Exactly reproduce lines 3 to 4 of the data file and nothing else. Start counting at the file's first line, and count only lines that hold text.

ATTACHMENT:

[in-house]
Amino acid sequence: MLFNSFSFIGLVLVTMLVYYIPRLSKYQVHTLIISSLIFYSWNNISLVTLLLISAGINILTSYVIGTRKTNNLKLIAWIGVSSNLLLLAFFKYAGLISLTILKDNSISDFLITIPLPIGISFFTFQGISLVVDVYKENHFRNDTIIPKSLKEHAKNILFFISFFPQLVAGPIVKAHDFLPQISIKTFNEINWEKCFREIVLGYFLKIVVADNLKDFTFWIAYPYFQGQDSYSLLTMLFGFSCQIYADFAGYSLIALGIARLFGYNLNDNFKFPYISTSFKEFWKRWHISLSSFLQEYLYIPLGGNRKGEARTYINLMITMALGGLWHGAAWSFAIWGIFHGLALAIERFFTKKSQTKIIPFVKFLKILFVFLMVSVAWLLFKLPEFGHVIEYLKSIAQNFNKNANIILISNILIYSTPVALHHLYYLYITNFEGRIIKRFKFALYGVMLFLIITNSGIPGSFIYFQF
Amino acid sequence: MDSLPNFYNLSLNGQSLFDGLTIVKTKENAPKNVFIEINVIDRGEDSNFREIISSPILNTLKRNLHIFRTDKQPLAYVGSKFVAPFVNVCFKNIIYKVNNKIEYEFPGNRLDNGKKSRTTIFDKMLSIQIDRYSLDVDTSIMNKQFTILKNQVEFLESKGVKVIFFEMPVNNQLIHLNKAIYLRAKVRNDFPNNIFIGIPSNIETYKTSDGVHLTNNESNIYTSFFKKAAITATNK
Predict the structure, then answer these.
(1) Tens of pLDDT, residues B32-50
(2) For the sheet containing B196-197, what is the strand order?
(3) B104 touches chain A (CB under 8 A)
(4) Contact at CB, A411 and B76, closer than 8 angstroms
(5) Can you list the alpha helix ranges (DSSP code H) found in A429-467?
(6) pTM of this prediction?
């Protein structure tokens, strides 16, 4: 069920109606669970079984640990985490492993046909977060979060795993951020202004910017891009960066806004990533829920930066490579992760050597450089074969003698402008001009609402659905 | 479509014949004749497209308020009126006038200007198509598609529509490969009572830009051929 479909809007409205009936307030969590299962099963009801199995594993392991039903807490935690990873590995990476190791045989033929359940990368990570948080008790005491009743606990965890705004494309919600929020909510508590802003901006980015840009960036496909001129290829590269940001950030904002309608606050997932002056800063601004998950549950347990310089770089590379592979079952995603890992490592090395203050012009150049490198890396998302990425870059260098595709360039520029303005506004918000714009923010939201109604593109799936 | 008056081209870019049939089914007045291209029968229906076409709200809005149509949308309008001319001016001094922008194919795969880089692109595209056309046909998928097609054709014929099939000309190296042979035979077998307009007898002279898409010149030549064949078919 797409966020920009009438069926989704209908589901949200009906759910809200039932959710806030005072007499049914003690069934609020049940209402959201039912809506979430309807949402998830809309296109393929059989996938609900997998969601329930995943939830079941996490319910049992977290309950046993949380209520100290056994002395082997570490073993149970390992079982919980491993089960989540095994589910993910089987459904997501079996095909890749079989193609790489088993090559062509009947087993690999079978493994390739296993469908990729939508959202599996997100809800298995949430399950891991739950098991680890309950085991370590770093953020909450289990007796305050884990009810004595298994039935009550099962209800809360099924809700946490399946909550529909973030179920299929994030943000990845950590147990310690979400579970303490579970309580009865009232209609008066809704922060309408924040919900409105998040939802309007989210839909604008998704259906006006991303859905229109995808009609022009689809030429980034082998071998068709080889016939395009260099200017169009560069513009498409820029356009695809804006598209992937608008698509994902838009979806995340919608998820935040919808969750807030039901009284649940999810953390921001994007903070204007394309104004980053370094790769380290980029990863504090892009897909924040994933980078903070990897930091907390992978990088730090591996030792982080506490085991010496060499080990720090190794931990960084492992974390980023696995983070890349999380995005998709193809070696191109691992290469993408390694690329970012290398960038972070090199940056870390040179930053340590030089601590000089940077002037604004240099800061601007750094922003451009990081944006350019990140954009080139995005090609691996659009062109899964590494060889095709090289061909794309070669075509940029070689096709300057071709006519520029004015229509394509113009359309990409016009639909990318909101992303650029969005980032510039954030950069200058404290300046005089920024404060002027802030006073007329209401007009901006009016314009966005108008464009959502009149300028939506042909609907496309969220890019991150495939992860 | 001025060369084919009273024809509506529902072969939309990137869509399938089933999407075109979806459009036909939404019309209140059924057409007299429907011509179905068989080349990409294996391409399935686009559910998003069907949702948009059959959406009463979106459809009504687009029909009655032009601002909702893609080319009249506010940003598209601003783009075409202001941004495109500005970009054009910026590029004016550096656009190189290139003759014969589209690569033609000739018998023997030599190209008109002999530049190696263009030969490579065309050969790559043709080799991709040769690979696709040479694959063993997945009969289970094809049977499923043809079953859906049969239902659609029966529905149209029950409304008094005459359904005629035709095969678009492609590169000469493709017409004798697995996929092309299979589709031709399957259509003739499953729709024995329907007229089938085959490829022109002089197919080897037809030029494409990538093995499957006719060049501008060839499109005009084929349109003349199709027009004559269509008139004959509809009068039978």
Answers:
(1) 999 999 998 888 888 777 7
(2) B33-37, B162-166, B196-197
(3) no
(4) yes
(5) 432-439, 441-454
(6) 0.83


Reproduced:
Amino acid sequence: MDSLPNFYNLSLNGQSLFDGLTIVKTKENAPKNVFIEINVIDRGEDSNFREIISSPILNTLKRNLHIFRTDKQPLAYVGSKFVAPFVNVCFKNIIYKVNNKIEYEFPGNRLDNGKKSRTTIFDKMLSIQIDRYSLDVDTSIMNKQFTILKNQVEFLESKGVKVIFFEMPVNNQLIHLNKAIYLRAKVRNDFPNNIFIGIPSNIETYKTSDGVHLTNNESNIYTSFFKKAAITATNK
Predict the structure, then answer these.